WASHINGTON -- In the aftermath of her husband's 2017 murder, Olathe, Kan., resident Sunayana Dumala became the face of legislation to help her and other Indian immigrants take a step toward U.S. citizenship.
Her advocacy led to a major victory Wednesday, when the U.S. House passed the measure by a vote of 365-65.
House Resolution 1044 removes a per-country limit on employment-based green cards, a change that will primarily benefit highly skilled immigrants from India and China.
Under the current system, Dumala and other immigrants from these countries live on temporary work visas that are tied to their employer.
Because of the high volume of immigrants from India and China, they can wait for decades to receive a green card, a step they must take in order to become citizens.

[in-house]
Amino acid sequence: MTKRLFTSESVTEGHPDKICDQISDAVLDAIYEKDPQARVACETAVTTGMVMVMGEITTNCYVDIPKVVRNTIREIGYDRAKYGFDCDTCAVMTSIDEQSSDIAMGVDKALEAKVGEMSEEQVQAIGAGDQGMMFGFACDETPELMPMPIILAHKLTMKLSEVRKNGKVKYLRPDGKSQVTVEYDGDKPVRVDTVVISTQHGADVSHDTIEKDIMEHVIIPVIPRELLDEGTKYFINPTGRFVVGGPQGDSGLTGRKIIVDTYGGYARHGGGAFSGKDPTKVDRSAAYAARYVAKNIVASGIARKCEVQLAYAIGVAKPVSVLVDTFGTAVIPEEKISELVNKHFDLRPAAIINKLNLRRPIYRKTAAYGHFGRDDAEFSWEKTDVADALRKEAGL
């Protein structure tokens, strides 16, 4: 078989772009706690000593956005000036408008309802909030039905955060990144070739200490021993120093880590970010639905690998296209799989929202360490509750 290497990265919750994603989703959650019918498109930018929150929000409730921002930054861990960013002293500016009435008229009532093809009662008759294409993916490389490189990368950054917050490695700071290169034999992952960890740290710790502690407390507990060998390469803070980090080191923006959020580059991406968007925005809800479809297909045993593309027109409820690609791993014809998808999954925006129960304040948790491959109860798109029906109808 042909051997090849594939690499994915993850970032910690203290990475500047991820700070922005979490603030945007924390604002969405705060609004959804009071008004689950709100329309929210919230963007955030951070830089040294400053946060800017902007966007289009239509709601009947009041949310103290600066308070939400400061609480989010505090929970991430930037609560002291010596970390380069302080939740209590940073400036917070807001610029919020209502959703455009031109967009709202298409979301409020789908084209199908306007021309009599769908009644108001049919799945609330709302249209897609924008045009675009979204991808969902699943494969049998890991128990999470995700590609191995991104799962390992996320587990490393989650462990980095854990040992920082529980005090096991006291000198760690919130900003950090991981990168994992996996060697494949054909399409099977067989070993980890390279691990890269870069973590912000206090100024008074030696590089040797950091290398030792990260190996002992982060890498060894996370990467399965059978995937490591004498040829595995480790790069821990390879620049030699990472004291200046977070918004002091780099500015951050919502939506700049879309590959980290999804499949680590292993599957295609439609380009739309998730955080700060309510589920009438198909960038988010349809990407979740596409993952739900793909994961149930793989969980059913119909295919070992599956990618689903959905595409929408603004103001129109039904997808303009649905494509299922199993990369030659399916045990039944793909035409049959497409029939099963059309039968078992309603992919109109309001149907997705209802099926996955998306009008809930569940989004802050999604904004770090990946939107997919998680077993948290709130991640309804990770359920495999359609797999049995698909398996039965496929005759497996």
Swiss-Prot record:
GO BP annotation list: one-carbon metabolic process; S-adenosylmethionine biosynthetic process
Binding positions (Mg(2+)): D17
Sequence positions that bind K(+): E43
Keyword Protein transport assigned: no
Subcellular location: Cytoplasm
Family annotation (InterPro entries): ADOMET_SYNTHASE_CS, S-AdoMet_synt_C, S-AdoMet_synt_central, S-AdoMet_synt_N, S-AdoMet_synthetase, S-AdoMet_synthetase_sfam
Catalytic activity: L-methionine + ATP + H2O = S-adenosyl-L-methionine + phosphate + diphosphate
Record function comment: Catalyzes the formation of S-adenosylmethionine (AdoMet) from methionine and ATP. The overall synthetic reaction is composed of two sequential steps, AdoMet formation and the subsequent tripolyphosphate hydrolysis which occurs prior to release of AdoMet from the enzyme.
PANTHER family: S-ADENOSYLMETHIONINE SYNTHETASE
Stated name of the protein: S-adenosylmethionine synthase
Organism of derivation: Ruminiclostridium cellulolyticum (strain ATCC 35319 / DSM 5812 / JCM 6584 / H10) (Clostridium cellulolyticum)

Their families are also dependent on their work status. Dumala's own immigration status fell into jeopardy after the murder of her husband Srinivas Kuchibhotla, an Indian-born engineer at Garmin, in a shooting at Austin's Bar and Grill in Olathe. The shooting death was classified as a hate crime.
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She eventually obtained a work visa of her own and was able to remain in the United States following the intervention of then-Rep. Kevin Yoder.
"Today is an important day for many of us, a moment we have been waiting for years. Finally, our hard work and tireless efforts have come into fruition," Dumala said in a statement Wednesday.
"After the tragic murder of my husband, Srinivas Kuchibhotla, I lost my status to stay in the country and the immigration struggle took over my grief. And, today with HR 1044 getting passed I can finally find peace and no words can express my happiness."
Dumala has made multiple trips to Washington to advocate for the legislation. Supporters say removing the per-country limit creates a first-come, first-serve system, which will be fair to green-card applicants from all countries.